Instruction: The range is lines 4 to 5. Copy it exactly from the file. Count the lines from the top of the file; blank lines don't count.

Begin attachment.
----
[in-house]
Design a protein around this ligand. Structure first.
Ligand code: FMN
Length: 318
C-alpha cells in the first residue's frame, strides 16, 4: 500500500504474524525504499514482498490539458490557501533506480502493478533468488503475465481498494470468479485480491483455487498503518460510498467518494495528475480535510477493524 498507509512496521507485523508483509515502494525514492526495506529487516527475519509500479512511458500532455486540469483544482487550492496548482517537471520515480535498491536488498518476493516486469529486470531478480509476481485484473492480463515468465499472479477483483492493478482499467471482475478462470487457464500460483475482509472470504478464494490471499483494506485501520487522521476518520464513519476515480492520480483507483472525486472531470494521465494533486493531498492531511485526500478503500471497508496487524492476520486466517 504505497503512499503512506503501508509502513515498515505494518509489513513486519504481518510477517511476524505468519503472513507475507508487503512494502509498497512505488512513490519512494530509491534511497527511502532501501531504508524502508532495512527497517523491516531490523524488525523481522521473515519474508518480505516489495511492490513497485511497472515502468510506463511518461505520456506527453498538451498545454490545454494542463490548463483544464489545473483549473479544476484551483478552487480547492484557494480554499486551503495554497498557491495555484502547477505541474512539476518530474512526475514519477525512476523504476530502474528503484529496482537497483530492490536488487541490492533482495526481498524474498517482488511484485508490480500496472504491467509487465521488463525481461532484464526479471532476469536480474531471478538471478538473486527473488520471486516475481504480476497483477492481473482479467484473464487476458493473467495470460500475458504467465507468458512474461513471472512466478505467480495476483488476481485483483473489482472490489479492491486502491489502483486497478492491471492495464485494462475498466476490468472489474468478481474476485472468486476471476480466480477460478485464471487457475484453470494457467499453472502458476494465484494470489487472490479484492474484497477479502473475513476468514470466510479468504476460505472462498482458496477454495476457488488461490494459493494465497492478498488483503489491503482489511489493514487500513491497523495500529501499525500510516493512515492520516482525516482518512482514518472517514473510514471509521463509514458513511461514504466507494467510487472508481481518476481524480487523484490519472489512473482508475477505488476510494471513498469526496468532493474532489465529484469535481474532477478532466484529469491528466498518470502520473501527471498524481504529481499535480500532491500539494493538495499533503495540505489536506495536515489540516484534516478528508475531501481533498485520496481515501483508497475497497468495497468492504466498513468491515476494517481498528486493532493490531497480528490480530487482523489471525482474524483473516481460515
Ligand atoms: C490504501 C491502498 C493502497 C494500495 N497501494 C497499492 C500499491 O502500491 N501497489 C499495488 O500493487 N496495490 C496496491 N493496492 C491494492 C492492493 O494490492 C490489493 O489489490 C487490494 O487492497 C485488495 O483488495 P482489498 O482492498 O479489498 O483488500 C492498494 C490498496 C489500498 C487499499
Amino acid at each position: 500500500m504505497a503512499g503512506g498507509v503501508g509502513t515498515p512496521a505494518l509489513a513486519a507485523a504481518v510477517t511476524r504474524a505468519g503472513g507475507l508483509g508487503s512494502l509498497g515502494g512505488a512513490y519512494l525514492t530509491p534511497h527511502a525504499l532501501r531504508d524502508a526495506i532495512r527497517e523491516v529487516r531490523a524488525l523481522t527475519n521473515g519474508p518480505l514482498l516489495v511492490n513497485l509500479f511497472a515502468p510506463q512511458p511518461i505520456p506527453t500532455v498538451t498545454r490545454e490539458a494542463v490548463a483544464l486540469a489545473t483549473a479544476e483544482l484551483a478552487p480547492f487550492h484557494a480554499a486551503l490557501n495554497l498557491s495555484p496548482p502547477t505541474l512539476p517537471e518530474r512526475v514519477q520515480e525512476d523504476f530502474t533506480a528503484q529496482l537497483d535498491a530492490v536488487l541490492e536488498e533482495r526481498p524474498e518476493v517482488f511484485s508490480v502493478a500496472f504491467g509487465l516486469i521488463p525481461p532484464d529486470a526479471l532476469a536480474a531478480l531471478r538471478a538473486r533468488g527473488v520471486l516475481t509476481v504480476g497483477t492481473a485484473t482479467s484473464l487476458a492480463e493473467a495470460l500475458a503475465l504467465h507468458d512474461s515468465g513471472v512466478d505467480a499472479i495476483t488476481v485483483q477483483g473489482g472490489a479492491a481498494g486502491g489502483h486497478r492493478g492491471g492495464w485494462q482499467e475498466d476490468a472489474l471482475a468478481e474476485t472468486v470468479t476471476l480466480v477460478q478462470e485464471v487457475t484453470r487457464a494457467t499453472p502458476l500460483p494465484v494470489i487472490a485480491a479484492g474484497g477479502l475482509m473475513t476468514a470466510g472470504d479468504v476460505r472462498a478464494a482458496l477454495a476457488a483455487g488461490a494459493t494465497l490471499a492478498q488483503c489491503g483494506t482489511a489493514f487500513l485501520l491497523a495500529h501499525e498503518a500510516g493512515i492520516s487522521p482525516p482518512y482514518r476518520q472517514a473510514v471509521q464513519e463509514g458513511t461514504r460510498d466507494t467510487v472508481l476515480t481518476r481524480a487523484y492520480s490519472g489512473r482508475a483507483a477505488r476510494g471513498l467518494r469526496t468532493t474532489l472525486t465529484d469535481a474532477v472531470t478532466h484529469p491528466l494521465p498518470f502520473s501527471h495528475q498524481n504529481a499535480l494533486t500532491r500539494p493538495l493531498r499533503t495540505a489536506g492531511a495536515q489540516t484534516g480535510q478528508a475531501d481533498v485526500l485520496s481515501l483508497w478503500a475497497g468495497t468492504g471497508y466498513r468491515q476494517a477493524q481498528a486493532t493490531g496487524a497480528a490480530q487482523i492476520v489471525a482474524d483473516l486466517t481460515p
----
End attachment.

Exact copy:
Length: 318
C-alpha cells in the first residue's frame, strides 16, 4: 500500500504474524525504499514482498490539458490557501533506480502493478533468488503475465481498494470468479485480491483455487498503518460510498467518494495528475480535510477493524 498507509512496521507485523508483509515502494525514492526495506529487516527475519509500479512511458500532455486540469483544482487550492496548482517537471520515480535498491536488498518476493516486469529486470531478480509476481485484473492480463515468465499472479477483483492493478482499467471482475478462470487457464500460483475482509472470504478464494490471499483494506485501520487522521476518520464513519476515480492520480483507483472525486472531470494521465494533486493531498492531511485526500478503500471497508496487524492476520486466517 504505497503512499503512506503501508509502513515498515505494518509489513513486519504481518510477517511476524505468519503472513507475507508487503512494502509498497512505488512513490519512494530509491534511497527511502532501501531504508524502508532495512527497517523491516531490523524488525523481522521473515519474508518480505516489495511492490513497485511497472515502468510506463511518461505520456506527453498538451498545454490545454494542463490548463483544464489545473483549473479544476484551483478552487480547492484557494480554499486551503495554497498557491495555484502547477505541474512539476518530474512526475514519477525512476523504476530502474528503484529496482537497483530492490536488487541490492533482495526481498524474498517482488511484485508490480500496472504491467509487465521488463525481461532484464526479471532476469536480474531471478538471478538473486527473488520471486516475481504480476497483477492481473482479467484473464487476458493473467495470460500475458504467465507468458512474461513471472512466478505467480495476483488476481485483483473489482472490489479492491486502491489502483486497478492491471492495464485494462475498466476490468472489474468478481474476485472468486476471476480466480477460478485464471487457475484453470494457467499453472502458476494465484494470489487472490479484492474484497477479502473475513476468514470466510479468504476460505472462498482458496477454495476457488488461490494459493494465497492478498488483503489491503482489511489493514487500513491497523495500529501499525500510516493512515492520516482525516482518512482514518472517514473510514471509521463509514458513511461514504466507494467510487472508481481518476481524480487523484490519472489512473482508475477505488476510494471513498469526496468532493474532489465529484469535481474532477478532466484529469491528466498518470502520473501527471498524481504529481499535480500532491500539494493538495499533503495540505489536506495536515489540516484534516478528508475531501481533498485520496481515501483508497475497497468495497468492504466498513468491515476494517481498528486493532493490531497480528490480530487482523489471525482474524483473516481460515